I continued, as months went on, to get calls and approaches from different salespeople in this very same telco. I just forwarded on the exact same correspondence each time. Sometimes I never heard back, but mostly I got apologies and expressions of irritation with their own company's lack of action.

So what can a salesperson do right?

This is the big question; I don't want to just complain that salespeople call me. It's a reality of business. Indeed, sometimes a salesperson may well have a product I am interested in and was previously unaware of.

I'd like to propose that what I consider "lazy" sales calls be put to an end; don't simply go through a phone book and phone everyone. Do some actual research. What companies are you targeting? Why? What is their growth? How many offices do they have? What makes your offering so compelling? Why would I choose to do business with you?

Think about it, consider it, and package it in a punchy, direct, to-the-point spiel. Write to me with a headline that gets my attention and makes me want to read on.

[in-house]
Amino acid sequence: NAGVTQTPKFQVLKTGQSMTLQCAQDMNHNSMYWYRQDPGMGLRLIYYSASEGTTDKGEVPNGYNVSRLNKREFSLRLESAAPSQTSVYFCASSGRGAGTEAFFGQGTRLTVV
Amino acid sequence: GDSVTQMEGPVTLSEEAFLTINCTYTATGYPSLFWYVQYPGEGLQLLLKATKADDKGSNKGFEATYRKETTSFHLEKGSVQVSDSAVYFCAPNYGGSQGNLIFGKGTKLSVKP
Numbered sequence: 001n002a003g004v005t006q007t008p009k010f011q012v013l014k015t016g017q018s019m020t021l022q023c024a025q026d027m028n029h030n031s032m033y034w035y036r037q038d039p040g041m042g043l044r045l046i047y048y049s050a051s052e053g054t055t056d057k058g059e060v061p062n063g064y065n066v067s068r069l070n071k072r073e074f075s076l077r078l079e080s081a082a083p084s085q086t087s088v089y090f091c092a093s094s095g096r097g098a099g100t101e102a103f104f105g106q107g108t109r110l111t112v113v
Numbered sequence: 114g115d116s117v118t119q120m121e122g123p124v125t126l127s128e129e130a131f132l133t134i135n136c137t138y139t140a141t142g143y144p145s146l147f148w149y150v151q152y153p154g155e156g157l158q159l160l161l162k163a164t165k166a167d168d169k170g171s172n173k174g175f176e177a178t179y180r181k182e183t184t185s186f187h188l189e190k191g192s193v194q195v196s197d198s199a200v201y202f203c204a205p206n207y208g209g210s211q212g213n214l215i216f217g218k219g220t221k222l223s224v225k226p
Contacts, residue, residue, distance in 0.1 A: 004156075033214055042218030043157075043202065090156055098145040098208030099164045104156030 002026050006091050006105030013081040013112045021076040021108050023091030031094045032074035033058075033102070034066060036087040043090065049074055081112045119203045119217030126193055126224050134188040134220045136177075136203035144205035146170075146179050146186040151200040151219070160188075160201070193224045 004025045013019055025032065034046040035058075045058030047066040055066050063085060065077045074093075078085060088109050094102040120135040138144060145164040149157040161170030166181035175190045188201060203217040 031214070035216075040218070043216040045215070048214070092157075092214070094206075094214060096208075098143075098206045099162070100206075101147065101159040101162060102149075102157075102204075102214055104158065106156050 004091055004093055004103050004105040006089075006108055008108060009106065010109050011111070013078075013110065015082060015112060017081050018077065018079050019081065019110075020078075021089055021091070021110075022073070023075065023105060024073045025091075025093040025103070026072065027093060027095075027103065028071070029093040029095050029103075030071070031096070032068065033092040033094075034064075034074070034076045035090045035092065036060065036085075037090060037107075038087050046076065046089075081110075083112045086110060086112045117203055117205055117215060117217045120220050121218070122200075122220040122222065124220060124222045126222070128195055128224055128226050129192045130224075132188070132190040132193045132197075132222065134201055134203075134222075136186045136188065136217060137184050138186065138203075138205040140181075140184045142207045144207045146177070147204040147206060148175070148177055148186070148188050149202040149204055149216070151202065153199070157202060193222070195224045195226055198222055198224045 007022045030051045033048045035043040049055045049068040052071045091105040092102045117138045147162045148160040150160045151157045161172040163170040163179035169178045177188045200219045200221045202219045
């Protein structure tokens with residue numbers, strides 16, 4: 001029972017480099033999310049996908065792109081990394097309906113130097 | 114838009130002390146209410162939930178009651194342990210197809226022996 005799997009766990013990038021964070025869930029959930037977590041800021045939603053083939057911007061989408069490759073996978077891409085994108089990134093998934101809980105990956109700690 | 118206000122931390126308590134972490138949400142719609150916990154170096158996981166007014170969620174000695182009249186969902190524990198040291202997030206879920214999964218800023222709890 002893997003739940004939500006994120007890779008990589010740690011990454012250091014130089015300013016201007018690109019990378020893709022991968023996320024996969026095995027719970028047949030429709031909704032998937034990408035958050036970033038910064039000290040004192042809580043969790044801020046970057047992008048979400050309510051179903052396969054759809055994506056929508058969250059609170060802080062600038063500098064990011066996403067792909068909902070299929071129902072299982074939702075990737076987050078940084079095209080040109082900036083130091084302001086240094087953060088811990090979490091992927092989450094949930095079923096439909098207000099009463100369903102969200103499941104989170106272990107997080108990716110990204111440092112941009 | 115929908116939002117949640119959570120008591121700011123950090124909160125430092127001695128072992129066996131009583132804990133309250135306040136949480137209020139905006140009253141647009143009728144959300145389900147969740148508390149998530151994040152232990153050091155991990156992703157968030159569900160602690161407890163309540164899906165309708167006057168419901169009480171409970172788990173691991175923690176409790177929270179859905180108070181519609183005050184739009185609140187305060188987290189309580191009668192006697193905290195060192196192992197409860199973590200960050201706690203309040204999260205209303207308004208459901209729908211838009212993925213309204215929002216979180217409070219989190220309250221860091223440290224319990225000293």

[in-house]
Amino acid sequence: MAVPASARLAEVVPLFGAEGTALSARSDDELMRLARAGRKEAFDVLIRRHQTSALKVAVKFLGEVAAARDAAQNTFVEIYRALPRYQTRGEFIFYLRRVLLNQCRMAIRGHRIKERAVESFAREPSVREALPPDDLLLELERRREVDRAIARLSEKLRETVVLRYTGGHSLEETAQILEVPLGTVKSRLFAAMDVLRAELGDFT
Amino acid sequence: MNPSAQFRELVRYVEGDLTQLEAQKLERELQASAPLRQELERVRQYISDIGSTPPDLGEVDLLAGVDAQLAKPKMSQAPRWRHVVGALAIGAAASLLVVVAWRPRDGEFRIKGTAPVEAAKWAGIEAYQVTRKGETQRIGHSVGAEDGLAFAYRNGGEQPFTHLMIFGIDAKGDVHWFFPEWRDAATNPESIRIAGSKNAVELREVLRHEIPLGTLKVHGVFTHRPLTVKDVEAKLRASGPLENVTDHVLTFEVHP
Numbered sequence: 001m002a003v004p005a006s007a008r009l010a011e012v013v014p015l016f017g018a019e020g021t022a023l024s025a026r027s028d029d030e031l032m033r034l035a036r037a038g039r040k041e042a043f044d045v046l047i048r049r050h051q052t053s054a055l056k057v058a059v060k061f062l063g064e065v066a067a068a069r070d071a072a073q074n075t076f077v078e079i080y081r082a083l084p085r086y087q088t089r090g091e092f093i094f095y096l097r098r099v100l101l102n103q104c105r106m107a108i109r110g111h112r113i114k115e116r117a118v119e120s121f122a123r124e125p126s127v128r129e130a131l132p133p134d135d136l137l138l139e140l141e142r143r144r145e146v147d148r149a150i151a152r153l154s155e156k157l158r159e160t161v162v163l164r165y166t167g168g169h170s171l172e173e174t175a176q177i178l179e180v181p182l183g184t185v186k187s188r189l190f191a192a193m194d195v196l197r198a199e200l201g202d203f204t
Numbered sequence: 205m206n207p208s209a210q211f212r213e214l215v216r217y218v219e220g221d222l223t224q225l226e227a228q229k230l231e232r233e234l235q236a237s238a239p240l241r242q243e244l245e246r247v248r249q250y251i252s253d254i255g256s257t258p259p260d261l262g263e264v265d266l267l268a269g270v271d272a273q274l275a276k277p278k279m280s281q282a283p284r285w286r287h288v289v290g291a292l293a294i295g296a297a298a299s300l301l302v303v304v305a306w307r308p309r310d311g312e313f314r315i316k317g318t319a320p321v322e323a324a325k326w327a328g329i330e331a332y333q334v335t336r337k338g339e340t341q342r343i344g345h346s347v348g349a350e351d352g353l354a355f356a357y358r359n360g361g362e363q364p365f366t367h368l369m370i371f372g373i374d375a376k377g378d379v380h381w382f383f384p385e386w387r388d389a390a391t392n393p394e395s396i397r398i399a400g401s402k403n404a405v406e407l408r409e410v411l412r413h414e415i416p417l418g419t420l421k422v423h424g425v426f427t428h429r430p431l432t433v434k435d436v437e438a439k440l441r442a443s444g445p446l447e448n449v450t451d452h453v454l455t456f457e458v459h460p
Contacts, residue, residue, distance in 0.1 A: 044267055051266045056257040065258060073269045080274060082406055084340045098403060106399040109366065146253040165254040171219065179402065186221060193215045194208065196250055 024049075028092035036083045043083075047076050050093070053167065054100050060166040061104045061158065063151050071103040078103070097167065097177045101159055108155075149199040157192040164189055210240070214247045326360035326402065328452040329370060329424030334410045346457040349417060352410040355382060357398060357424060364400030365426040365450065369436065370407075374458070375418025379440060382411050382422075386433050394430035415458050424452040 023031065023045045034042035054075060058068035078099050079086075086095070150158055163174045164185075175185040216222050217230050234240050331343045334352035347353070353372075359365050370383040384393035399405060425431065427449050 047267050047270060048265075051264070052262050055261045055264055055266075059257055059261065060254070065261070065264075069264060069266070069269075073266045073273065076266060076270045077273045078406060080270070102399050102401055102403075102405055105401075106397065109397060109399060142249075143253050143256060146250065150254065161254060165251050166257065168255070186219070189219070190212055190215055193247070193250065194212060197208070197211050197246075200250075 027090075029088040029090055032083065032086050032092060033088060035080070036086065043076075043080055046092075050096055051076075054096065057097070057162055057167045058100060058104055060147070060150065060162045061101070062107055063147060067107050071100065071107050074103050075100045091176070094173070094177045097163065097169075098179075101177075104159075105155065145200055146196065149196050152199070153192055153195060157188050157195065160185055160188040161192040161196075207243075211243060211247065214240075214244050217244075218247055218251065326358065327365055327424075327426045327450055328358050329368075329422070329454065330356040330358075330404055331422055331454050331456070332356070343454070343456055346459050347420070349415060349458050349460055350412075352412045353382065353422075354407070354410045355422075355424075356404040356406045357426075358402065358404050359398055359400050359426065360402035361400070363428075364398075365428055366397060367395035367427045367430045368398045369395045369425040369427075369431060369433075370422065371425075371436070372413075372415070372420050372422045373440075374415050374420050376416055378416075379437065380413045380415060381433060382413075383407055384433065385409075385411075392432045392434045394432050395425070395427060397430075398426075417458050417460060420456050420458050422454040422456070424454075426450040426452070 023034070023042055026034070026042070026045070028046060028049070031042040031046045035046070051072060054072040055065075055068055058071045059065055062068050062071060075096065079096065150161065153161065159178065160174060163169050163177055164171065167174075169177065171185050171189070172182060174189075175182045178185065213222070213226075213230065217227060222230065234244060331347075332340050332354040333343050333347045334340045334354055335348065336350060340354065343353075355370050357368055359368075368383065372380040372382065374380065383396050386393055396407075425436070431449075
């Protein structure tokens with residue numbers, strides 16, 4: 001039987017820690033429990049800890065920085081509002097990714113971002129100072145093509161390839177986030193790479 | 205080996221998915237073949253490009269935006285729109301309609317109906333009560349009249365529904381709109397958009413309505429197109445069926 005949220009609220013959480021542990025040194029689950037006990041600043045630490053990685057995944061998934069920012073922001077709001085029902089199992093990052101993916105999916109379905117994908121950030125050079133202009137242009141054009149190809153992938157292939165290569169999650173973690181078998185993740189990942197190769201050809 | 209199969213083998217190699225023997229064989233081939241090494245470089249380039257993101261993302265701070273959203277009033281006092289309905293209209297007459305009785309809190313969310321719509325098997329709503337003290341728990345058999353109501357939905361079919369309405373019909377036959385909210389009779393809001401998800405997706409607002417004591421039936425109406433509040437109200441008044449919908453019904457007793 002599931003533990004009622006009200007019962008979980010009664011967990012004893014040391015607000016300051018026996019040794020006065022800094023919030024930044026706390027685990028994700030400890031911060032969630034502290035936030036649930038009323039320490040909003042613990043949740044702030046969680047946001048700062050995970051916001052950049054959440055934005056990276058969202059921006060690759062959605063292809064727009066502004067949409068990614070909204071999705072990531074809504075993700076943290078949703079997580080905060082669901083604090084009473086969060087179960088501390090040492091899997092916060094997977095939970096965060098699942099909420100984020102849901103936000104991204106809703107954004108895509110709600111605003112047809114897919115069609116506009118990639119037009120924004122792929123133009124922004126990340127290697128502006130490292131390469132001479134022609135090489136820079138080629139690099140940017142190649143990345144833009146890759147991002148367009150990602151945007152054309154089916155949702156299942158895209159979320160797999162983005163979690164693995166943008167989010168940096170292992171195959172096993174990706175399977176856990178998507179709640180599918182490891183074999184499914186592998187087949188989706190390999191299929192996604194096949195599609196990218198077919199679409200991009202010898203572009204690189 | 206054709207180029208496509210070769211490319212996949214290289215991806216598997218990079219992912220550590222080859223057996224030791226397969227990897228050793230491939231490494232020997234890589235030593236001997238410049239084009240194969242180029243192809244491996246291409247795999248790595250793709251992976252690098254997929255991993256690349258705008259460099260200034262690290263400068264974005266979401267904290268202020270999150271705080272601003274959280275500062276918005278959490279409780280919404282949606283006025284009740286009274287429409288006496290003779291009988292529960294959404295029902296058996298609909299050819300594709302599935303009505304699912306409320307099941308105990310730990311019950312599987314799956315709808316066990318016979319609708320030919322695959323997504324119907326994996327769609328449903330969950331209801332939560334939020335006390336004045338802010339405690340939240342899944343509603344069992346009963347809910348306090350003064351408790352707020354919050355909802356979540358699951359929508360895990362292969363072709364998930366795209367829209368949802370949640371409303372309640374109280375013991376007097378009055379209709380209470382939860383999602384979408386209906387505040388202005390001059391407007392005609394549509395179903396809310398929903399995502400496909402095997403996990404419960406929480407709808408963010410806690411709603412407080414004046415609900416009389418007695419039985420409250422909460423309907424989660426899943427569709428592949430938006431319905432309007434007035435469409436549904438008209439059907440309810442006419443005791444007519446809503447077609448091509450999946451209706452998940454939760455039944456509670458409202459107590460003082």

If you must call, be direct. Tell me why you are calling, what you offer, and what it costs.

Let's turn sales back into a profession, skilfully and strategically obtaining results, not simply a numbers game where you just dial random numbers and stammer out an unprepared pitch.

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David M Williams

David has been computing since 1984 where he instantly gravitated to the family Commodore 64. He completed a Bachelor of Computer Science degree from 1990 to 1992, commencing full-time employment as a systems analyst at the end of that year. David subsequently worked as a UNIX Systems Manager, Asia-Pacific technical specialist for an international software company, Business Analyst, IT Manager, and other roles. David has been the Chief Information Officer for national public companies since 2007, delivering IT knowledge and business acumen, seeking to transform the industries within which he works. David is also involved in the user group community, the Australian Computer Society technical advisory boards, and education.